Survivors of the World War II sinking of the USS Indianapolis pose for a group photo on Friday during a gathering in the ship's namesake city that could be their final reunion. Only 38 of the 317 survivors who were pulled from the Pacific's shark-infested waters in August 1945 are still alive and they're in their late 80s and early 90s. (Rick Callahan / AP)
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Justin Wray, left, a Navy recruiter in Indianapolis, speaks to USS Indianapolis survivor Clarence Hershberger on Friday. (Rick Callahan / AP)
INDIANAPOLIS — More than a dozen men who survived the worst sea disaster in U.S. naval history — the World War II sinking of the USS Indianapolis — have gathered in the cruiser’s namesake city for the final large-scale reunion of the famed ship’s dwindling number of survivors.
Thirty-eight of the 317 men who survived the ship’s July 1945 sinking and five days in the Pacific’s shark-infested waters are still alive, but they’re now in their late 80s and early 90s and many use wheelchairs.
Harold Bray, an 86-year-old from Benicia, Calif., said he and the 14 other survivors attending this year’s reunion decided Friday that any future gatherings will be smaller and less frequent because so many of the survivors are in poor health.
“We decided to stay together until the last guy’s standing, but the goal is to continue at a smaller scale,” said Bray, chairman of the USS Indianapolis Survivors Organization. “Some of the guys are in wheelchairs now and travel is pretty tough for them.”
Bray said the survivors will nonetheless keep telling the story of the ship’s sinking, their survival and the role they played in helping bring the war to a close.
The USS Indianapolis was halfway between Guam and the Philippines in shark-filled waters when a Japanese submarine sank it with torpedoes on July 30, 1945, in the war’s closing weeks.
Just days earlier, the Indianapolis had visited the island of Tinian in a secret mission to deliver the uranium-235 and other components for the atomic bomb later dropped on Hiroshima by the Enola Gay, which took off from the remote island.
The Indianapolis’ mission was so secret she sailed alone, unescorted by ships better equipped to detect and fight Japanese submarines.
An estimated 900 of the ship’s servicemen survived the vessel’s nighttime sinking, but before rescuers arrived five days later, drowning, delirium, dehydration and shark attacks had claimed all but 317 of the men.
The Indianapolis’ death toll — 880 members out of a crew of 1,197 died — is the U.S. Navy’s worst single at-sea loss of life. But reports of the tragedy were buried by the news of the Japanese surrender, and interest in the ship’s story was not revived until the 1975 movie “Jaws” featured a character who told of the sinking and the survivors’ days of agony.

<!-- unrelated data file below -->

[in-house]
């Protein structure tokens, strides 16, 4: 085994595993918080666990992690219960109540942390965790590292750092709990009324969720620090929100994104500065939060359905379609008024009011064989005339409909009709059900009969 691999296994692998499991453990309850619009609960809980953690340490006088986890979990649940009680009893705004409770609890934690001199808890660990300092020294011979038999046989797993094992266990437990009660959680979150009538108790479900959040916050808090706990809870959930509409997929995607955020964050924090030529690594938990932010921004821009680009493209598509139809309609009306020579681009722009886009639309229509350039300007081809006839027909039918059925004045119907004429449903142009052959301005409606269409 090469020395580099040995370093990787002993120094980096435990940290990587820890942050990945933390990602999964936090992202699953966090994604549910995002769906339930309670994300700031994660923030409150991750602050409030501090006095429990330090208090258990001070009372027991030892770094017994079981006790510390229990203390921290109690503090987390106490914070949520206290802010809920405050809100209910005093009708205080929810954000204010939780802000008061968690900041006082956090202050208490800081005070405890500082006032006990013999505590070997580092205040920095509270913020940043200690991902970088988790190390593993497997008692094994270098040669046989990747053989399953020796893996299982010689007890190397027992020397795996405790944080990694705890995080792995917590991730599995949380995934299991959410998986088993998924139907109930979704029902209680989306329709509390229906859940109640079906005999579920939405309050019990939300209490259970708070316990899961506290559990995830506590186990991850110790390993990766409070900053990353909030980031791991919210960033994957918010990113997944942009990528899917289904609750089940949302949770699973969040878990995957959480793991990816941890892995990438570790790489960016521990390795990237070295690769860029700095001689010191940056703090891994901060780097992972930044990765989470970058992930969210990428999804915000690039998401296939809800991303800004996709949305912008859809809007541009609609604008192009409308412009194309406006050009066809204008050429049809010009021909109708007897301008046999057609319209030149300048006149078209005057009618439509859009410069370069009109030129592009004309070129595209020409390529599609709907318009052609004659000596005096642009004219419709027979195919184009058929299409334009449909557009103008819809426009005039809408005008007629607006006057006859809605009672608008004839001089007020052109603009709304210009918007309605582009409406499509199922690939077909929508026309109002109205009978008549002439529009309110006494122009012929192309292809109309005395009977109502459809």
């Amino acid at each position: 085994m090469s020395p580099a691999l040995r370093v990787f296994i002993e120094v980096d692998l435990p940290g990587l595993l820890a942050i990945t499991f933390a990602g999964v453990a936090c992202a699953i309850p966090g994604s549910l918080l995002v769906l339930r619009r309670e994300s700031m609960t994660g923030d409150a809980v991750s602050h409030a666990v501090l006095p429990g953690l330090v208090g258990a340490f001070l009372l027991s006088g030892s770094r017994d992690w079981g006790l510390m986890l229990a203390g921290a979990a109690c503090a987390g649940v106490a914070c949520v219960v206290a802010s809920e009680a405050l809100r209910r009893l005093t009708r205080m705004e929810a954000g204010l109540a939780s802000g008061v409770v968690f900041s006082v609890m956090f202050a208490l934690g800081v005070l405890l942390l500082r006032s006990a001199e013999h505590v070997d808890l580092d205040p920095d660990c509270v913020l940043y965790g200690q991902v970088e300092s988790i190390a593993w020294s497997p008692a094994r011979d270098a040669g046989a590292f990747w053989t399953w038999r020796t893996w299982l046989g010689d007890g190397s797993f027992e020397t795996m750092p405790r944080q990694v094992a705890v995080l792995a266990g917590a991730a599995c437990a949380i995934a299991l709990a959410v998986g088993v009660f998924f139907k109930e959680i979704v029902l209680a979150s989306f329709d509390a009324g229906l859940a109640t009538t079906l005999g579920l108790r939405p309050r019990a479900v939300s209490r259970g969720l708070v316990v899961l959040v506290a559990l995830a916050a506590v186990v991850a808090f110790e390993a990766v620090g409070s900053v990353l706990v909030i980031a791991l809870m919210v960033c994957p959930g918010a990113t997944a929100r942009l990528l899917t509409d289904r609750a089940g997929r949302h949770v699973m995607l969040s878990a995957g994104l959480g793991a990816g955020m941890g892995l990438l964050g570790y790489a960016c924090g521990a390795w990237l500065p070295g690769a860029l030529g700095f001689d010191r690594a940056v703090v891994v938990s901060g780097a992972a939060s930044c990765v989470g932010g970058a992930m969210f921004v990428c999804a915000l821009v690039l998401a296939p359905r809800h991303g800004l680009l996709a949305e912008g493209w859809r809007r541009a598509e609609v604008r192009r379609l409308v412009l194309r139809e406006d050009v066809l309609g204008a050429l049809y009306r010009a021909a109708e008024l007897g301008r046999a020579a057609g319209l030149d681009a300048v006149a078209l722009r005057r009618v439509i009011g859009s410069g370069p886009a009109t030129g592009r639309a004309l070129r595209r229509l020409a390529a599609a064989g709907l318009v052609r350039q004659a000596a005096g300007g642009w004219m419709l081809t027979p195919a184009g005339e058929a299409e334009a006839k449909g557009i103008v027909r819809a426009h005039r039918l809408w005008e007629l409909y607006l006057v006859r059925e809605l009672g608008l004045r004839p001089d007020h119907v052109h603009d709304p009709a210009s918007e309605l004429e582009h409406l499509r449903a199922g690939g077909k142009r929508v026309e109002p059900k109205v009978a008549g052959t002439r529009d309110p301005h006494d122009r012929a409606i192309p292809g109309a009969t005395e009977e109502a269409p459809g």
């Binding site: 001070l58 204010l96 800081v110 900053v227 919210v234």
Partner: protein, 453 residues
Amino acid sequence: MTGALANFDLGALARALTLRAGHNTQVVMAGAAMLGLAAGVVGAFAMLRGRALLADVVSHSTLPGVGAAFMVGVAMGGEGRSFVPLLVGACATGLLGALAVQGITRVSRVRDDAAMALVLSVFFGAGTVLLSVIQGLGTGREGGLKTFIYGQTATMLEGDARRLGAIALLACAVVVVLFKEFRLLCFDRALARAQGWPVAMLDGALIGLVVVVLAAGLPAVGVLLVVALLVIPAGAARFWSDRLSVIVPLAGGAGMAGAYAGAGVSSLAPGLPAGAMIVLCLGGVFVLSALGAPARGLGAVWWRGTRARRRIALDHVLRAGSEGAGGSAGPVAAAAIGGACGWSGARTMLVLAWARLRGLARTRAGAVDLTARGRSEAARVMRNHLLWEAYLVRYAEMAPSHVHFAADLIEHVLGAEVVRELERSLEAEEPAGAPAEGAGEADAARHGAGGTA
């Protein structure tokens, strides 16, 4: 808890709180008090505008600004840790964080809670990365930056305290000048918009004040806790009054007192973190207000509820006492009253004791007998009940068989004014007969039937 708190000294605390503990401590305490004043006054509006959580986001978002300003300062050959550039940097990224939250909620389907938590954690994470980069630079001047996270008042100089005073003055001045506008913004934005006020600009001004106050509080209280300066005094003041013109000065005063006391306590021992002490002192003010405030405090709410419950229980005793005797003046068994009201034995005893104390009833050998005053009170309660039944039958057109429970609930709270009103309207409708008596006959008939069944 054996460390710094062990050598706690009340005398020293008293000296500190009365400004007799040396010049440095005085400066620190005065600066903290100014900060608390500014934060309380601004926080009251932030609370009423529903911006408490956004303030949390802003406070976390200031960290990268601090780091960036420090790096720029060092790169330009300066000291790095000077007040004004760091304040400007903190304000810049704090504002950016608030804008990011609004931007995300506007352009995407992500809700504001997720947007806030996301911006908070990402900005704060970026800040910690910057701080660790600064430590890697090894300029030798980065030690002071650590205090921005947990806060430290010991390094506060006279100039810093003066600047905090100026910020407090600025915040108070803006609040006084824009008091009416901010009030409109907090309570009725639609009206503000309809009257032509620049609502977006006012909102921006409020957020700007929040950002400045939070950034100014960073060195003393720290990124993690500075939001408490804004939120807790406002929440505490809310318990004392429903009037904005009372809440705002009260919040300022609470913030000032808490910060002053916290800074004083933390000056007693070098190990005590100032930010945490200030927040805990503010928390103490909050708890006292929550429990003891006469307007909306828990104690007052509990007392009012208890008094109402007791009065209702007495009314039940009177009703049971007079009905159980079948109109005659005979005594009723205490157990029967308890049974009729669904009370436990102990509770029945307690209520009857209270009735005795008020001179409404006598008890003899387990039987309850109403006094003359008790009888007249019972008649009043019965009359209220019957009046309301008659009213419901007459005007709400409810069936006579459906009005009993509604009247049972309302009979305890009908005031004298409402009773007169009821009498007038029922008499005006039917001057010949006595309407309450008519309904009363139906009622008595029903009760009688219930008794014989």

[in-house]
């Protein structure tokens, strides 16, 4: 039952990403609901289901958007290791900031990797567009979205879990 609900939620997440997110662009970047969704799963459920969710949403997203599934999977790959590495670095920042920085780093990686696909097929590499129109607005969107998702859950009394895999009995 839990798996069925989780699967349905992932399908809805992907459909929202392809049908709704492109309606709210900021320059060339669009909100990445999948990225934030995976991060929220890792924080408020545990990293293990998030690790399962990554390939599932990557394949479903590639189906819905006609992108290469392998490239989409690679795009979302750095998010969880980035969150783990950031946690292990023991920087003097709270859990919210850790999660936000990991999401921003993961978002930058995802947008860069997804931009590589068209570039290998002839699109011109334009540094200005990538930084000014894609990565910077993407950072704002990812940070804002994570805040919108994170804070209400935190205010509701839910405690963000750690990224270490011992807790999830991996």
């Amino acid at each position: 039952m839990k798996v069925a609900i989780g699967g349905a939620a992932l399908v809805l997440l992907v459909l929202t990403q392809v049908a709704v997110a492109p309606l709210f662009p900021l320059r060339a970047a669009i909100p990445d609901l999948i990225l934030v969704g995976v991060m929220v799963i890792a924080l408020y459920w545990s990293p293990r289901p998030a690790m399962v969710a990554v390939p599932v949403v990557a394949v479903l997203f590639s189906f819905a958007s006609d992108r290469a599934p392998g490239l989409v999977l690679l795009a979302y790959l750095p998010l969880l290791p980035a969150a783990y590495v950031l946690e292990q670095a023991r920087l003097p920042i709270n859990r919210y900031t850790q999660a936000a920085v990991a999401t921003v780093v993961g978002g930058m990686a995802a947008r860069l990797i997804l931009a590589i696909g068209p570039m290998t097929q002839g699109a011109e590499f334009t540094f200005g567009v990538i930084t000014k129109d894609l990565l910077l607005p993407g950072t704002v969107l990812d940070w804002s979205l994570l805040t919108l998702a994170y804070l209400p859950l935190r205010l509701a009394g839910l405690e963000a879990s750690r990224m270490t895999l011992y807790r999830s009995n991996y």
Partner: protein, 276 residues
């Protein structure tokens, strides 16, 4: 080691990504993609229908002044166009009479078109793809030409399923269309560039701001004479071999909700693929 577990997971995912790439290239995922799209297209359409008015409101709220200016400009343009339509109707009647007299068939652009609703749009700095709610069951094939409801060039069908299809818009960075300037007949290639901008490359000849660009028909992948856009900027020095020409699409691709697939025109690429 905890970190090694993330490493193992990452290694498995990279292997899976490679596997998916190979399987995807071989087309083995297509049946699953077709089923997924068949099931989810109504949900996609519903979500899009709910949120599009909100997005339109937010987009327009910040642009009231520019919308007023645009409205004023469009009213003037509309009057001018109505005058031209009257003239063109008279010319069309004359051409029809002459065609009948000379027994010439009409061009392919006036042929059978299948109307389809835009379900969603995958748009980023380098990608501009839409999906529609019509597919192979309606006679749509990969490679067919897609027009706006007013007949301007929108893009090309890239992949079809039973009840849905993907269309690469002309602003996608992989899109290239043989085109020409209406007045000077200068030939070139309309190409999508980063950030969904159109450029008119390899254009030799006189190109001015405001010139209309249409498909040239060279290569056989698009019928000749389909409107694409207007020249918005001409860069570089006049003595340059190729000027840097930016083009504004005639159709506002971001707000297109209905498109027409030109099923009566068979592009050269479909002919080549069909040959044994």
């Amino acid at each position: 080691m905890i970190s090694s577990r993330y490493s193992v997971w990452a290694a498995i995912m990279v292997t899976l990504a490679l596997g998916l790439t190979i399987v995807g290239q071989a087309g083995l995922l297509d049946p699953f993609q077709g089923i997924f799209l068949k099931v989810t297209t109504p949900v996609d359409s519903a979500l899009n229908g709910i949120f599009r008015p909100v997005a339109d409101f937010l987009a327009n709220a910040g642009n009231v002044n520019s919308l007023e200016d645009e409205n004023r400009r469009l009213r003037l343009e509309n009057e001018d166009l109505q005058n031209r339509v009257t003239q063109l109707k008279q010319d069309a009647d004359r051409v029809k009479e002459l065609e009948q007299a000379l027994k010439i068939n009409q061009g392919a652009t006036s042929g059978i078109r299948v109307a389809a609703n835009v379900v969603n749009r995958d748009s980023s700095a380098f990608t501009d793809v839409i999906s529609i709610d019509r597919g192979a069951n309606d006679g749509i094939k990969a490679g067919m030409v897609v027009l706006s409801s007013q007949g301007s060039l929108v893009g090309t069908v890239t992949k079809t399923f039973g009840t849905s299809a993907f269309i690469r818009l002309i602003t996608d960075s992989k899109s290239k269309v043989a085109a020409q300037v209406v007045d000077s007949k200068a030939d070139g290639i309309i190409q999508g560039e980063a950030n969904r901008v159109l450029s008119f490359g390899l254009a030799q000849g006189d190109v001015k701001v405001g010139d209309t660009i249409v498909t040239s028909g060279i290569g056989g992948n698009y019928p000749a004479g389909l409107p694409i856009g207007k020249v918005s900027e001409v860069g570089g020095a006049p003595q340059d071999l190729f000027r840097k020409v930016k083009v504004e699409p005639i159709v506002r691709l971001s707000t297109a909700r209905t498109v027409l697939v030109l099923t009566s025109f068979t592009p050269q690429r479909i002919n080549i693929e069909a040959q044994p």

Edgar Harrell, an 89-year-old from Clarksville, Tenn., who is one of only two ex-Marines among the remaining survivors, said the horrors he witnessed — including sharks devouring men around him — became too much for him to bear after he returned home.
While many survivors kept what they saw and heard to themselves, Harrell said the lingering trauma he’d suffered left him unable to focus on the college courses he enrolled in immediately after the war.
“I learned early on that you had to get it out, you had to tell others what happened,” he said. “Once I did it was a relief.”
Clarence Hershberger, an 87-year-old survivor from De Leon Springs, Fla., who uses a wheelchair, hadn’t planned on attending the reunion, which ends Sunday. He’d been feeling poorly but decided Monday to make the trip to Indianapolis, where a black granite memorial honors the ship and its crew.
He said that when all of the survivors are gone he hopes the survivors’ relatives and others keep reminding the public about the ship and its crew’s sacrifice.
“Somebody’s got to keep the story alive,” Hershberger said.
Among the roughly 250 friends and relatives of the survivors attending the reunion is Hunter Scott, whose seventh-grade history project as a 12-year-old from Pensacola, Fla., helped lead to a reassessment of the court-martial of the ship’s commanding officer, Rear Admiral Charles B. McVay III.
McVay was court-martialed for not sailing a zigzag course to evade submarines, but his men believed he was made a scapegoat. In 2000, 32 years after McVay committed suicide, Congress passed an act clearing his name.
Scott is now a 28-year-old Navy helicopter pilot based in California and he said the men’s incredible story of survival convinced him to enlist in the Navy.
“There’s 38 of them left and I really wanted to see these guys and catch up. They’re like grandfathers to me, it’s like seeing family,” he said. “They’re heroes.”